There were four committee meetings at this board meeting — some of the committees meet in between the board’s regularly scheduled meetings. The student observer (again, that’s me) sits on the Community Life Committee, which “provides counsel and advice regarding enrollment; student and employee physical, mental, social, emotional, and spiritual well-being and engagement; and programs and services affecting learning in the co-curriculum.” You can read more about the board’s committees here.
At this Community Life Committee meeting, there were three topics (and many speakers!) on the agenda:
Fall 2023 enrollment outcomes and international student admissions
Chris George ’94, Associate Vice President for Enrollment Management and Dean of Admissions and Financial Aid
The international student experience: Perspectives from students
Fenton Krupp ’24
Will Asinger ’25
Serena Mbonye ’25
Nhi Luong ’26
Lara Janine Oliveira Cutrim ’26
Isabel Dias de Oliveira ’25
Miri Yang-Stevens ’27
The international student experience: Perspectives from staff
Martin Olague ’04, Director of the Taylor Center for Equity and Inclusion
Caitlin Kreienkamp ’12, Assistant Director of International Student Compliance
Brisa Zubia, Associate Director of International Student Programs
This was a packed meeting with five Regents, eight students, and four members of the President’s Leadership Team and a handful of other staff members.
During the first topic item, George presented (with a Kahoot!) details about the class of 2027. This class is on par with previous years in terms of international and domestic students of color, although we saw a slight increase in number of students who are from Minnesota (up to 49% from its usual 42–43%) George also spoke about the work that goes into recruiting a class — this past year, his team handwrote 10,000 postcards to send to prospective students.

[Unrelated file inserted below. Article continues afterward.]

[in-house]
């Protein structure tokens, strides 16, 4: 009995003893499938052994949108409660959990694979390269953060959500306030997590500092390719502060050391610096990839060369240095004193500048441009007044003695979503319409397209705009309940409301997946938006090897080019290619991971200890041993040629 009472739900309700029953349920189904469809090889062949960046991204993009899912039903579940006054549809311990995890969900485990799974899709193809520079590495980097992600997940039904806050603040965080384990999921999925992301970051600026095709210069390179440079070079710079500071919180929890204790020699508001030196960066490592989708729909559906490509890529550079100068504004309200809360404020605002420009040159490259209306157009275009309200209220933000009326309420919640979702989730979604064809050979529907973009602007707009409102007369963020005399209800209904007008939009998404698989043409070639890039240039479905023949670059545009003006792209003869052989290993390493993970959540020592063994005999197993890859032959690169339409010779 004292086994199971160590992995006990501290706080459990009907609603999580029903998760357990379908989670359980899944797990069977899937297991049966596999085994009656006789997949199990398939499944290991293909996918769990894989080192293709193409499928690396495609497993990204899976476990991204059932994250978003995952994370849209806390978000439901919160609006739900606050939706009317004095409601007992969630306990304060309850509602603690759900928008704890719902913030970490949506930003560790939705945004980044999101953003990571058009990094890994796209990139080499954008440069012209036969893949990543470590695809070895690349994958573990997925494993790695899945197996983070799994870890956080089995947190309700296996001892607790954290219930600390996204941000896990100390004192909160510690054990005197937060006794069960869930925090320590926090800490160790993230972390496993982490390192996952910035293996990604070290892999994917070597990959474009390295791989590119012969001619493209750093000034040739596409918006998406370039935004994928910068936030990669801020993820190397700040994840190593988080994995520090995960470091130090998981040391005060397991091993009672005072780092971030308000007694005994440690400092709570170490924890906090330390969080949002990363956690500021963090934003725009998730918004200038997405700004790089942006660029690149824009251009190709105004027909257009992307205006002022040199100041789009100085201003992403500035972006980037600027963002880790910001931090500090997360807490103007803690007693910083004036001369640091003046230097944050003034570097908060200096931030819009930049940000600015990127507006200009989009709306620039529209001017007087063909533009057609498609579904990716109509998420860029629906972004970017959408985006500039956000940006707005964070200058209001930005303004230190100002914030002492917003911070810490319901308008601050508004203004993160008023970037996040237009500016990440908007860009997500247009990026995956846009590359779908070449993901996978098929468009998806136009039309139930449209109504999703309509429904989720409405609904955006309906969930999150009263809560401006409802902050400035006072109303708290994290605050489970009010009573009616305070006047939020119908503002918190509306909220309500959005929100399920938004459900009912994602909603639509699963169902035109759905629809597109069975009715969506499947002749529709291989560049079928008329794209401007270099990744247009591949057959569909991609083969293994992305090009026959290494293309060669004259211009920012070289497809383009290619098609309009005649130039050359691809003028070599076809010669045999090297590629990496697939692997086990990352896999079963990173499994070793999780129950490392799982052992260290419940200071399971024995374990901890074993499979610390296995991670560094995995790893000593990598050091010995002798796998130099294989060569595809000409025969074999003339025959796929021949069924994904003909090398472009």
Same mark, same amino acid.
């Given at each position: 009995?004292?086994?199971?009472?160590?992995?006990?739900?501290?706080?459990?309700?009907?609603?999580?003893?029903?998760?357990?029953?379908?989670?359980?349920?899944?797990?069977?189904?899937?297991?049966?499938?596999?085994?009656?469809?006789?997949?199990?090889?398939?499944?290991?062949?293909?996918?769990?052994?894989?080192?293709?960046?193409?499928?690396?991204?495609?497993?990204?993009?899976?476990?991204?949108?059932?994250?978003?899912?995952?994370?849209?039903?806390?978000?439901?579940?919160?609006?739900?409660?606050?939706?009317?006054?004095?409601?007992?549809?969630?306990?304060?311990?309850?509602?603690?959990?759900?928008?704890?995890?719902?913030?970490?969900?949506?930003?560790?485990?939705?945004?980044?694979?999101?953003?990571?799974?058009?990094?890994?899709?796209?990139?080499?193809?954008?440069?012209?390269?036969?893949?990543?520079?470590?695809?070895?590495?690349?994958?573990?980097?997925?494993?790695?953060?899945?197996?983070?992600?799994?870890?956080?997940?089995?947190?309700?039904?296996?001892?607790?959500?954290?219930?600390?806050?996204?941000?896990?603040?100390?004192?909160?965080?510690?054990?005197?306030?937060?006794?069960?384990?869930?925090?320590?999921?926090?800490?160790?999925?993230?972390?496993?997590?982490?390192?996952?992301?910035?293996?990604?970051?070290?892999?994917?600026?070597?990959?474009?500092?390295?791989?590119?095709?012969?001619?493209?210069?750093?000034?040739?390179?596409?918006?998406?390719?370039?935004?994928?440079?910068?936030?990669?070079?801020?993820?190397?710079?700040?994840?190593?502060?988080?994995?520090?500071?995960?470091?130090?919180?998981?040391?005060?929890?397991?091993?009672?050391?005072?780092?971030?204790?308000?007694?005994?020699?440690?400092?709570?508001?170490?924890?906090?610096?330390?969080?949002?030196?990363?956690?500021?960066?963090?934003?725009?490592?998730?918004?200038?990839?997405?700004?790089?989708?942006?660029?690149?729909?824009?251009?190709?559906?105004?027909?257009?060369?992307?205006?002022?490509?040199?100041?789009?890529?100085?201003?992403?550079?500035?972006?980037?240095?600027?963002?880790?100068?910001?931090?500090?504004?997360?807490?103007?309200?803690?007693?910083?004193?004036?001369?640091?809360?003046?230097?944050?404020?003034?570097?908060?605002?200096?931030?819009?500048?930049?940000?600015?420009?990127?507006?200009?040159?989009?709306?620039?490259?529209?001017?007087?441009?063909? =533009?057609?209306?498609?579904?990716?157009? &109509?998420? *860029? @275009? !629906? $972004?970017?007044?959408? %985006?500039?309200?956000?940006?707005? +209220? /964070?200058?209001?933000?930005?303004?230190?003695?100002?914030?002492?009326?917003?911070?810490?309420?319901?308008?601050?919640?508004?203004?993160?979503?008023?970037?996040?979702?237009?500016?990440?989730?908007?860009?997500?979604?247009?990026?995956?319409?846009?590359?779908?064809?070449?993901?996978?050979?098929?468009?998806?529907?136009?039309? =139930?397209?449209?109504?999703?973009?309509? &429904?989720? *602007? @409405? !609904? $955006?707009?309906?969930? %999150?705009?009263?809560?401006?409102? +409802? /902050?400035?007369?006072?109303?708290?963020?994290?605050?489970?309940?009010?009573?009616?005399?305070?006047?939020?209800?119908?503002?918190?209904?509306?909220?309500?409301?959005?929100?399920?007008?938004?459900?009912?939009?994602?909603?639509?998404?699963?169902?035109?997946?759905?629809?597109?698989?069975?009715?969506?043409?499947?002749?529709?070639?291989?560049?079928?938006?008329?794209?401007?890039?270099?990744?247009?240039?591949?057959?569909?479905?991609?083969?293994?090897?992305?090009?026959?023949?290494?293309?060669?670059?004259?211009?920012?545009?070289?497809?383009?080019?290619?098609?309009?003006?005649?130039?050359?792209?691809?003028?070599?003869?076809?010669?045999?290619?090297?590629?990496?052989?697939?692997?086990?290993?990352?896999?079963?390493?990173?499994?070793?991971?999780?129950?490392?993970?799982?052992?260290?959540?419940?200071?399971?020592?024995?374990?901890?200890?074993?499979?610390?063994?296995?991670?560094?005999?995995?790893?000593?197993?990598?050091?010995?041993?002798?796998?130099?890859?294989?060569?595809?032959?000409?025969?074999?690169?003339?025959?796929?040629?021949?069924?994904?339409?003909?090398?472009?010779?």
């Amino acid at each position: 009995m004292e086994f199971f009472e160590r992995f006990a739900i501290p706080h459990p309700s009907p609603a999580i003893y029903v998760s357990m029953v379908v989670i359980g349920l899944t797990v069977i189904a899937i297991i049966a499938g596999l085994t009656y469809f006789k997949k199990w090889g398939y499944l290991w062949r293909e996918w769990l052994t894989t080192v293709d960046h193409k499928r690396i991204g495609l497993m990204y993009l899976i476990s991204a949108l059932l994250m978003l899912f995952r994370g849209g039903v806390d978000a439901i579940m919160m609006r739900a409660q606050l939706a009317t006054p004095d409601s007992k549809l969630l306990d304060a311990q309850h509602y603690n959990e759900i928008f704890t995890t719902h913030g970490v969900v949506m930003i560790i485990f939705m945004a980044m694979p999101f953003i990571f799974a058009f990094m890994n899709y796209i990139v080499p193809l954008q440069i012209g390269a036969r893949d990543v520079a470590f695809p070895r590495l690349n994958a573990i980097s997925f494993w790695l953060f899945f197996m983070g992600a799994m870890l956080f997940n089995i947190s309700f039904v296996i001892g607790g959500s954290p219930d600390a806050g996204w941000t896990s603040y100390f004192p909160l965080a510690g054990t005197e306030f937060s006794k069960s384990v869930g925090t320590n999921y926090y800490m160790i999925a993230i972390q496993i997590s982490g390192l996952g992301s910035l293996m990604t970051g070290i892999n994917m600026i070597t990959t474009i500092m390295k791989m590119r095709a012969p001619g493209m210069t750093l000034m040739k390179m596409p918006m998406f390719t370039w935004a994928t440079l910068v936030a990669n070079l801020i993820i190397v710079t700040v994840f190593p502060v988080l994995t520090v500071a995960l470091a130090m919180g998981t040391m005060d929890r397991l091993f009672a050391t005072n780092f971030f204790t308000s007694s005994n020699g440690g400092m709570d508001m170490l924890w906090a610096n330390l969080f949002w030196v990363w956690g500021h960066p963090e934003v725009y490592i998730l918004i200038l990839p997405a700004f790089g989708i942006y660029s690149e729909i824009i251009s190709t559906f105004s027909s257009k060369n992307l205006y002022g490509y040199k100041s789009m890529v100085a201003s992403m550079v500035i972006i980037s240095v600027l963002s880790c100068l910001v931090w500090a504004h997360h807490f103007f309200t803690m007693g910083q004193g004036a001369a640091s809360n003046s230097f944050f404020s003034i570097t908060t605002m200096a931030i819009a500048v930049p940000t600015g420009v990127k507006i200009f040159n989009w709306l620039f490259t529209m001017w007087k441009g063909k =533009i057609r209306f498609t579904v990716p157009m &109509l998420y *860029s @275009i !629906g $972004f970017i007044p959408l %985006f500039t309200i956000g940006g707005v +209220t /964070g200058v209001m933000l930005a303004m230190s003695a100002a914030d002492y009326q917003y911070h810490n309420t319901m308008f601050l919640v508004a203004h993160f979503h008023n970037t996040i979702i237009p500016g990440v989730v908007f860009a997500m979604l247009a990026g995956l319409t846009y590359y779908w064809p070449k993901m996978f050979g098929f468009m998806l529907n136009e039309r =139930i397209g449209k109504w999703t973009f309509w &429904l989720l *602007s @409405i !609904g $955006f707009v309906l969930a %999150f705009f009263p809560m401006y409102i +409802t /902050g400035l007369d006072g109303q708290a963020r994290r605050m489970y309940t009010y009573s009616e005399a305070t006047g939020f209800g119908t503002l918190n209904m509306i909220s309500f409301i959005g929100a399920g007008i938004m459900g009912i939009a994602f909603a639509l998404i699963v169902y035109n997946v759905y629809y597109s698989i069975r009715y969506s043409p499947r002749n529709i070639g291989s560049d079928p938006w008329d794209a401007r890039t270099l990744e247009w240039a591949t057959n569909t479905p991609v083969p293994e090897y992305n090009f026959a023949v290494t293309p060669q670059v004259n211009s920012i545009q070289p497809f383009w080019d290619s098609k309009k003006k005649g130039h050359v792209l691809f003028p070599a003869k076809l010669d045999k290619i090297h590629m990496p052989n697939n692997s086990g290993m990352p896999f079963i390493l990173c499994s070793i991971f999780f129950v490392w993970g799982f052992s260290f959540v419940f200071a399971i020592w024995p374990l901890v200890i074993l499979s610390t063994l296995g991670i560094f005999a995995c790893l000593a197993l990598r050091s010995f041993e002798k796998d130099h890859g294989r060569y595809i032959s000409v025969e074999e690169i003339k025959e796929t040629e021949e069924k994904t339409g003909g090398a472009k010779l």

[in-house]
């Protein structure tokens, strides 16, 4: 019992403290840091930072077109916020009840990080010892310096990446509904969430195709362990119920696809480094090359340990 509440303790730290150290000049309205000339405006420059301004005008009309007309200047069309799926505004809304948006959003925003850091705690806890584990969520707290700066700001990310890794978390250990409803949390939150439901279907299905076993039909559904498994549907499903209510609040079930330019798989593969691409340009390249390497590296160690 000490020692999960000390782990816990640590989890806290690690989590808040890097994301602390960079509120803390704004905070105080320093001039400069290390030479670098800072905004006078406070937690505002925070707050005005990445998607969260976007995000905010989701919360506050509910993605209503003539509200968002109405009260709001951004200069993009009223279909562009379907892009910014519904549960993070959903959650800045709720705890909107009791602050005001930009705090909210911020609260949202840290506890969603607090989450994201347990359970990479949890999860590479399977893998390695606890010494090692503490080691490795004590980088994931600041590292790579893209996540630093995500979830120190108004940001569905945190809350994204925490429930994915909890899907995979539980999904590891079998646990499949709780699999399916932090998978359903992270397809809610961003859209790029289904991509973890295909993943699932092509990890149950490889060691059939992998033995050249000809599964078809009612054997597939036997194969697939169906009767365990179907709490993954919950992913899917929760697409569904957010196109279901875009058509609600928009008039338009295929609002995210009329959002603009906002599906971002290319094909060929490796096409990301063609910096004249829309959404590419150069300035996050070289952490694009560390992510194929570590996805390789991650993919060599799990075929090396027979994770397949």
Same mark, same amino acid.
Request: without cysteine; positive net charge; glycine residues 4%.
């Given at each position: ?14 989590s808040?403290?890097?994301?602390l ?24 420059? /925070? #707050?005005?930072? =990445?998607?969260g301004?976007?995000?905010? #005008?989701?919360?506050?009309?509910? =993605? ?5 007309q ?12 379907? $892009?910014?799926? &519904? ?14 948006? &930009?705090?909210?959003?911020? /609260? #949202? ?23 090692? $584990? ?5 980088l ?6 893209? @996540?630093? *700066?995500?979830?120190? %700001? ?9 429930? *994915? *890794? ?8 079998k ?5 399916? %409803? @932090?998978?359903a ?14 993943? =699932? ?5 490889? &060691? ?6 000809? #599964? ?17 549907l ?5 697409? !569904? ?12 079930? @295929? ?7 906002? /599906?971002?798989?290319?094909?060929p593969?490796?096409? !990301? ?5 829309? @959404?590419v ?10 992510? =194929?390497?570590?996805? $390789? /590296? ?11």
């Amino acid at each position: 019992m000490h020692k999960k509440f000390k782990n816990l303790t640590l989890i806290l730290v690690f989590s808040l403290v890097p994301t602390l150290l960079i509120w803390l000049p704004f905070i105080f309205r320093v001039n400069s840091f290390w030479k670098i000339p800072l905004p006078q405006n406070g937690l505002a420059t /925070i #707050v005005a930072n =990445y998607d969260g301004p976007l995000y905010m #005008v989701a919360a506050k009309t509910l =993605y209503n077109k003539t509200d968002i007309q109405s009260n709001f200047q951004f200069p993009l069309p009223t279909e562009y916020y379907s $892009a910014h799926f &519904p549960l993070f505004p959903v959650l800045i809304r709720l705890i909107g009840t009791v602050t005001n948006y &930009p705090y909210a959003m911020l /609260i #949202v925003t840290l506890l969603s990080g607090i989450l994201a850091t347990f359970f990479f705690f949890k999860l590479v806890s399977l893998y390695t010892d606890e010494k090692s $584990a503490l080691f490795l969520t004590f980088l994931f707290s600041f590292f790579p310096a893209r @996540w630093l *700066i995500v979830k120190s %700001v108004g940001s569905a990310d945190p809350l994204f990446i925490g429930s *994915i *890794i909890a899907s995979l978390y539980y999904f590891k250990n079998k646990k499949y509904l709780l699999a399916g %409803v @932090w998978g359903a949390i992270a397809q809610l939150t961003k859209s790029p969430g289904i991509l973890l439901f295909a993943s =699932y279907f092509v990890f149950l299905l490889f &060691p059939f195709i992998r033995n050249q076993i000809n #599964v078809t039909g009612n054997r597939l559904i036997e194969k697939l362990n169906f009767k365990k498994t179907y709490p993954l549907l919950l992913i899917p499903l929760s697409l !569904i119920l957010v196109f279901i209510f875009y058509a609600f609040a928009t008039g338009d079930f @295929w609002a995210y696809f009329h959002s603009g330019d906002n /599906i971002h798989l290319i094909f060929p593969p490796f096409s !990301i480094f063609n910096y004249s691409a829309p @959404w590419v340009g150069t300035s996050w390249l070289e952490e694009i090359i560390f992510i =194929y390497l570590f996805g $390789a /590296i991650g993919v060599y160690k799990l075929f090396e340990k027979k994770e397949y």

The rest of the Community Life Committee meeting was focused on the international student experience. Will and I briefly presented key findings from research that he spearheaded about the international student experience. Through interviews and a survey of international students in addition to conversations with staff members who have a particular focus on support international students, we determined three key topics to discuss with the board:
Transportation at St. Olaf
Career connections for international students
Belonging for international students
After Will and I presented, we opened the floor to the five international students who were also present to share their experiences with the topics we spoke about and potential solutions to some of the problems that came up. While the board was interested in how we could improve all of these areas, improving access to transportation was a key area the board wanted to know more about. Especially since we advertise “being in the backyard of the Twin Cities,” Regents wanted to make sure that students are in fact able to affordably reach Minneapolis/St. Paul. I believe this is a topic BORSC will continue to research and possibly present about later this year, and please get in touch with me if you’d like to be involved.
Following the committee meetings, members of the Board were invited to an open house of the Lutheran Center and to a poster session from CURI research projects. I especially enjoyed the poster session, where some awesome students made complex research clear and impactful.
After a break, the board convened for the first-ever board dinner at the new St. Olaf House, which is also known as the President’s House. It was a wonderful time to connect with members of the board outside the formal setting of meetings.
On Friday, the board had its fourth and final plenary, which was about the For Every Ole (FEO) project and led by Provost and Dean of the College Marci Sortor, Vice President for Student Life Hassel Morrison, and Vice President for Advancement Enoch Blazis.
The FEO project involves a lot of big new ideas, some of which are already being implemented and improving student success. One of those ideas was pairing first-year students with an advisor who was also one of their first professors, with the thought that an advisor who saw a student in class every week would be better able to ensure that student is successfully adjusting to college life and therefore more likely to remain at St. Olaf. This thought was correct: last year, during the pilot of this idea, students with a fall professor-advisor combination made students more likely to return for a second year at St. Olaf, even when accounting for socioeconomic background, race, and gender.
Student retention from first to second year, 22-23 to 23-24
Advisor is not fall professor
Advisor is a fall professor